The European Parliament has voted through a new pact for the Union's migration policy - which has been met with both criticism and praise during the past week. Photo: European Parliament. Source: Flickr.

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Week 15: The EU's new migration pact arouses reactions among debaters

The European Parliament's new migration pact arouses emotions. Several debaters see the pact as necessary for a more stable EU. Others are doubtful about the pact's long-term consequences in relation to both the right to asylum and human rights. 

Ahead of the final vote on the EU's new migration reform, Tomas Tobé (M) – one of the main figures behind the pact – and Maria Malmer Stenergard (M) explained why it is necessary.

- The purpose of the pact is sustainable migration with better control at the EU's external border, they write in a debate article in Svenska Dagbladet.

The migration pact does not only mean increased control, according to Tobé and Stenergard. It also helps migrants through faster decisions on who is entitled to asylum, and works against people smugglers and authoritarian countries that use migrants as a hybrid warfare strategy.

Tobé and Stenergard get approval in, among other things Sydsvenskan's main leader, where the agreement is described as a "victory for the whole Union", even if it is not perfect.

- The EU did the difficult, together, writes the newspaper, and believes that other topics on the EU's agenda can now be prioritized.

Also Ylva Nilsson, independent columnist at the express, sees the migration pact as proof of the EU's capacity for responsibility and stability.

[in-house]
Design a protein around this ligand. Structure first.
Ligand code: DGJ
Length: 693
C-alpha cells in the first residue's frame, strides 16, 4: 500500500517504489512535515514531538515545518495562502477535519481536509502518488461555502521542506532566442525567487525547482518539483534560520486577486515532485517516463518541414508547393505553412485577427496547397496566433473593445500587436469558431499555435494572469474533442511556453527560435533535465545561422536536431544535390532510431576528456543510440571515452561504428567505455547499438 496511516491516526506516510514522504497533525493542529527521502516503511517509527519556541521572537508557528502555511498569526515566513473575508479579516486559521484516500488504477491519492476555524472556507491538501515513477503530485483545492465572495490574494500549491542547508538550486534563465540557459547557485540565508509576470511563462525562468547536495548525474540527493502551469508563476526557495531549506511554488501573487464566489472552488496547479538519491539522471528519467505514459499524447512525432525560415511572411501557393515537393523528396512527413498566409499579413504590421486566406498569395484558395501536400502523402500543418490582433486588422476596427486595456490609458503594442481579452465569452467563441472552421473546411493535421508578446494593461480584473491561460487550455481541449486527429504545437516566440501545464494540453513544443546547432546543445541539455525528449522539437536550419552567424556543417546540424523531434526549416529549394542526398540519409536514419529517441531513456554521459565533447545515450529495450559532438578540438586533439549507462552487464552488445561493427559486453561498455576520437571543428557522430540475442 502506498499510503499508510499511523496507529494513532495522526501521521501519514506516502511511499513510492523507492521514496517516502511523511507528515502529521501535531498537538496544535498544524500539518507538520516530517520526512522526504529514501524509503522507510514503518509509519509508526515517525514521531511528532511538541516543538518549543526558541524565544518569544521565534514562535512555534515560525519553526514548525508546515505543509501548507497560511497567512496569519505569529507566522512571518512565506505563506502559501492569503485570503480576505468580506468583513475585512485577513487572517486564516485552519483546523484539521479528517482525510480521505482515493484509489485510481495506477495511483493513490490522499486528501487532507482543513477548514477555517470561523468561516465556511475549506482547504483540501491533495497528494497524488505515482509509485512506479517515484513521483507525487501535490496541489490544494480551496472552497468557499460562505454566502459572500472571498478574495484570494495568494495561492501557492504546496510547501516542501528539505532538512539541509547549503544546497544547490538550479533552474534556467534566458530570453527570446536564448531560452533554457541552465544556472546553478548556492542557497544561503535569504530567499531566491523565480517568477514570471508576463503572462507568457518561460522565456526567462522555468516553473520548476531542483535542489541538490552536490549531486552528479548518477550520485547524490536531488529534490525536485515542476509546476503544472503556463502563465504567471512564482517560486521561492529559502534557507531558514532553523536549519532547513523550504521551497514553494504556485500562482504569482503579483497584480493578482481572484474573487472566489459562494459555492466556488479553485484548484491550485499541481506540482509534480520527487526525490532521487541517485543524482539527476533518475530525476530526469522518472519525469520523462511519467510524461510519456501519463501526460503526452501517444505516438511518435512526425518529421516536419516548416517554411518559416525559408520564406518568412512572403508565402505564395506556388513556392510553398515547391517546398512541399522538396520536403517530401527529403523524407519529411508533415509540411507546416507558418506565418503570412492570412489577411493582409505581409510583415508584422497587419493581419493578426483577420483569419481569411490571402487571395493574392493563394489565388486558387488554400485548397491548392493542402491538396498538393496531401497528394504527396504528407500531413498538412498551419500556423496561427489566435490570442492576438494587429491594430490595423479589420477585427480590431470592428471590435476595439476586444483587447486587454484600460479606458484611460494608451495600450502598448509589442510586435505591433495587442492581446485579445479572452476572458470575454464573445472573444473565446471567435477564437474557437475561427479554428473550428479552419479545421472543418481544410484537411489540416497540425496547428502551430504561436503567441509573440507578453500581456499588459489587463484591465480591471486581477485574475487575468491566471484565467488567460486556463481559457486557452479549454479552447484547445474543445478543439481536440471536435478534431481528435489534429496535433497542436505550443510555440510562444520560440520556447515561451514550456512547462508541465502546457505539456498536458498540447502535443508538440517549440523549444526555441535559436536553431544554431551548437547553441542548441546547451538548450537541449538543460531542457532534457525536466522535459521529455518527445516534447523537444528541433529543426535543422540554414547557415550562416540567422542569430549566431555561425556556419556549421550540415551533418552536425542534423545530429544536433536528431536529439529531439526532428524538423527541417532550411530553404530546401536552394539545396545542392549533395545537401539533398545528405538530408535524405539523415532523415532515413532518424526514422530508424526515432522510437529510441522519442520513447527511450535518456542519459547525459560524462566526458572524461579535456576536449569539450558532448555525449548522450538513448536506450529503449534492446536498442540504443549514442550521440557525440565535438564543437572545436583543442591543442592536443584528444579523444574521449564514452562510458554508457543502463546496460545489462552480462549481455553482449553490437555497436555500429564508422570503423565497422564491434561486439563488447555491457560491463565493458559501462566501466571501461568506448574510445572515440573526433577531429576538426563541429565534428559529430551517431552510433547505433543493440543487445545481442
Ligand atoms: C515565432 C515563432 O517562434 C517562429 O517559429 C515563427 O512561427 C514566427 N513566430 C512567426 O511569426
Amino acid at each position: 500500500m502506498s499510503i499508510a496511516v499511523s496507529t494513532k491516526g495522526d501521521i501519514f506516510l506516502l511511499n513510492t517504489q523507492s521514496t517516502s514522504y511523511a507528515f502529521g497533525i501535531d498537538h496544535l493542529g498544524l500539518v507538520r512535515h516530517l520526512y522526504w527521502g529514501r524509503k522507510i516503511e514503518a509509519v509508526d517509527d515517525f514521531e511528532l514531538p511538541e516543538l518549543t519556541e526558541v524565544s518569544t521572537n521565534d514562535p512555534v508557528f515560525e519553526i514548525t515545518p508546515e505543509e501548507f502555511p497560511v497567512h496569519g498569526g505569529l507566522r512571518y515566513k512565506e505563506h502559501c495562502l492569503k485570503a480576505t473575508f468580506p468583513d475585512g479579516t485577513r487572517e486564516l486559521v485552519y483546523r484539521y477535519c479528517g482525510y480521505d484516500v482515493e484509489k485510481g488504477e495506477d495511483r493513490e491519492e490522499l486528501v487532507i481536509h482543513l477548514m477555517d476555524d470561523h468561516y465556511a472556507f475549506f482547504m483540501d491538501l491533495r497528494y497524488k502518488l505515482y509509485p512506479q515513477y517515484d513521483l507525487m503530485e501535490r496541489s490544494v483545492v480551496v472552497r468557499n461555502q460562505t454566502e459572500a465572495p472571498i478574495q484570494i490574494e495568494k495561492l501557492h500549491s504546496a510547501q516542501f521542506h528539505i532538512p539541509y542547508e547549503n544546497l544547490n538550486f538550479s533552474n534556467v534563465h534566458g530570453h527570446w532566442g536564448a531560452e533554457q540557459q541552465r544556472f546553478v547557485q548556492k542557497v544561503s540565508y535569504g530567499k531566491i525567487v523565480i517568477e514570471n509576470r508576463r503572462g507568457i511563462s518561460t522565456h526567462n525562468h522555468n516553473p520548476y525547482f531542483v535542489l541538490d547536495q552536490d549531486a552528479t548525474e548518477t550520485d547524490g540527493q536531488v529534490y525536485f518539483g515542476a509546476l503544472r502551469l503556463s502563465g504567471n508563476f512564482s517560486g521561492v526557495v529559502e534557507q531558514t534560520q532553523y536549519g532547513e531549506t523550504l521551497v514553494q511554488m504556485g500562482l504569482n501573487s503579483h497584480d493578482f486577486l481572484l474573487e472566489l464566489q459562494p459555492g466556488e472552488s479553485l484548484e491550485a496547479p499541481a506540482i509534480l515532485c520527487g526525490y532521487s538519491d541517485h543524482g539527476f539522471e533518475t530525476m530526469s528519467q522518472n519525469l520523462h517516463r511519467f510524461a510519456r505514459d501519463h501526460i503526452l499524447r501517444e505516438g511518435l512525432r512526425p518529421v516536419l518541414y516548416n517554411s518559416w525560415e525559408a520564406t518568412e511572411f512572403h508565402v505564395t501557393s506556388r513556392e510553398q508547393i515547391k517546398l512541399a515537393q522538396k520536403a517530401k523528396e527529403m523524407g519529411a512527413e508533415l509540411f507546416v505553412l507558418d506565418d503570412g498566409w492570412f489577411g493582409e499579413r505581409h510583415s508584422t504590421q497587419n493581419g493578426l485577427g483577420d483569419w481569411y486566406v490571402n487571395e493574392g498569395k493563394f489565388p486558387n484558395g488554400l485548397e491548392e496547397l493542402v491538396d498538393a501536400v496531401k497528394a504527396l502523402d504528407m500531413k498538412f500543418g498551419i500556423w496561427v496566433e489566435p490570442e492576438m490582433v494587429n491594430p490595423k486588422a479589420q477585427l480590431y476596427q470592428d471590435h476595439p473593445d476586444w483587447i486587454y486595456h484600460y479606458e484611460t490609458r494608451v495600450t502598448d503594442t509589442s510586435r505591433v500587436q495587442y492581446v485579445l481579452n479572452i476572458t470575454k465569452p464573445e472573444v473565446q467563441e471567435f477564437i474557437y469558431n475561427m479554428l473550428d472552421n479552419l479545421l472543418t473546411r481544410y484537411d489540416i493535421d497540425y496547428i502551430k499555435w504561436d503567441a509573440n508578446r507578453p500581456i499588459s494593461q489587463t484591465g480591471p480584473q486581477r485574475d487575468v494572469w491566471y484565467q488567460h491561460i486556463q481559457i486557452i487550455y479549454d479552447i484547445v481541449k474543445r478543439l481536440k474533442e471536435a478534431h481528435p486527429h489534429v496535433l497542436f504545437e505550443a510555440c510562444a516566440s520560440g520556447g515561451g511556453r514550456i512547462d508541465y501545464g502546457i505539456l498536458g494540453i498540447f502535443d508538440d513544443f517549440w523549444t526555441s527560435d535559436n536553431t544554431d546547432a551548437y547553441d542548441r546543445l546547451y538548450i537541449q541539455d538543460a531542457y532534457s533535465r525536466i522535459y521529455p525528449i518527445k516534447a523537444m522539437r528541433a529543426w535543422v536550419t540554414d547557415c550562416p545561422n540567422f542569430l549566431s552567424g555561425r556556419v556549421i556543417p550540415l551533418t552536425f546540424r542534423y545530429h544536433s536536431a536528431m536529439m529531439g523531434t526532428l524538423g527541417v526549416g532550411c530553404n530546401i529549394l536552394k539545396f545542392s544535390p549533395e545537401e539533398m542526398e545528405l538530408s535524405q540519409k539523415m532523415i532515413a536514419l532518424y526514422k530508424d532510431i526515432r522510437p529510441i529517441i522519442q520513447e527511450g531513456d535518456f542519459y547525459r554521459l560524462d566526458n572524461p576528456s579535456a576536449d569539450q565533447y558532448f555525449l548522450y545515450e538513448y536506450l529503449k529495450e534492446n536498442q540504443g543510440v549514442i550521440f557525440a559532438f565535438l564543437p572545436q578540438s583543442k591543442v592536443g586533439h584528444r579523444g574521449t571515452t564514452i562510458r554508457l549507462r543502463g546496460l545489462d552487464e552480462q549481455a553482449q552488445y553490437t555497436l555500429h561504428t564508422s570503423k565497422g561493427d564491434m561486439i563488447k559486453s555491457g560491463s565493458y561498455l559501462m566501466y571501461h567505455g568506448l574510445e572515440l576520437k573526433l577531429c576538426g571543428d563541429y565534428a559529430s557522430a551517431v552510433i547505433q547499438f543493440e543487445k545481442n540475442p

- The far-right's hope of getting votes for migration in the EU elections was just made more difficult, she writes.

Like Sydsvenskan's editorial staff and Nilsson, several debaters are cautious about drawing hasty conclusions about the migration pact's long-term results. DN's editorial staff criticizes Stenergard's perspective that the migration pact should "reduce the pressure". The editors believe instead that wars and disasters will continue to lead many asylum seekers to the EU's borders.

- Order and order are good. But the big question is what happens next, writes the newspaper, and calls for greater responsibility from all EU countries – including Sweden – for a brighter future for asylum seekers, with opportunities for labor immigration.

Also Chadi Toprak, intern at Aftonbladet's editorial board, criticizes the handling of asylum seekers and the override of migrants' rights. On the other hand, Toprak believes that the pact can be a step forward.

- No matter what, it gives us an opportunity to continue negotiating. That's better than the stalemate in 2015.

Most critical of the pact is MEP Alice Bah Kunke (MP). IN Today's ETC she explains her decision to vote against the migration reform, which was not least based on a concern for the curtailment of human rights. She believes that responsibility in the migration issue remains unbalanced between EU member states, that inhumane refugee camps remain and that the right to asylum is weakened.

- Instead of ensuring that 27 member states take responsibility and share the burden, the migration policy that social democrats and moderates are proud of is based on rogue states like Libya, Tunisia, Turkey and Egypt receiving our taxpayers' money to act in illegal, vile ways border guards.

The EU's migration pact

M: What is S doing to reduce immigration? 

Maria Malmer Stenergard and Tomas Tobé (M), Svenska Dagbladet

Now the EU's pact must also hold. 

Editorial board, Sydsvenskan 

The pact is a setback for the extremists 

Ylva Nilsson, independent columnist, Expressen 

If the migration pact is to work, not everyone can sound like Maria Malmer Stenergard 

The editorial staff, Dagens Nyheter 

The EU's promise of a fast asylum process is frivolous 

Chadi Toprak, editorial writer, Aftonbladet  

That is why I vote no to the migration pact 

Alice Bah Kunke (MP), Dagens ETC

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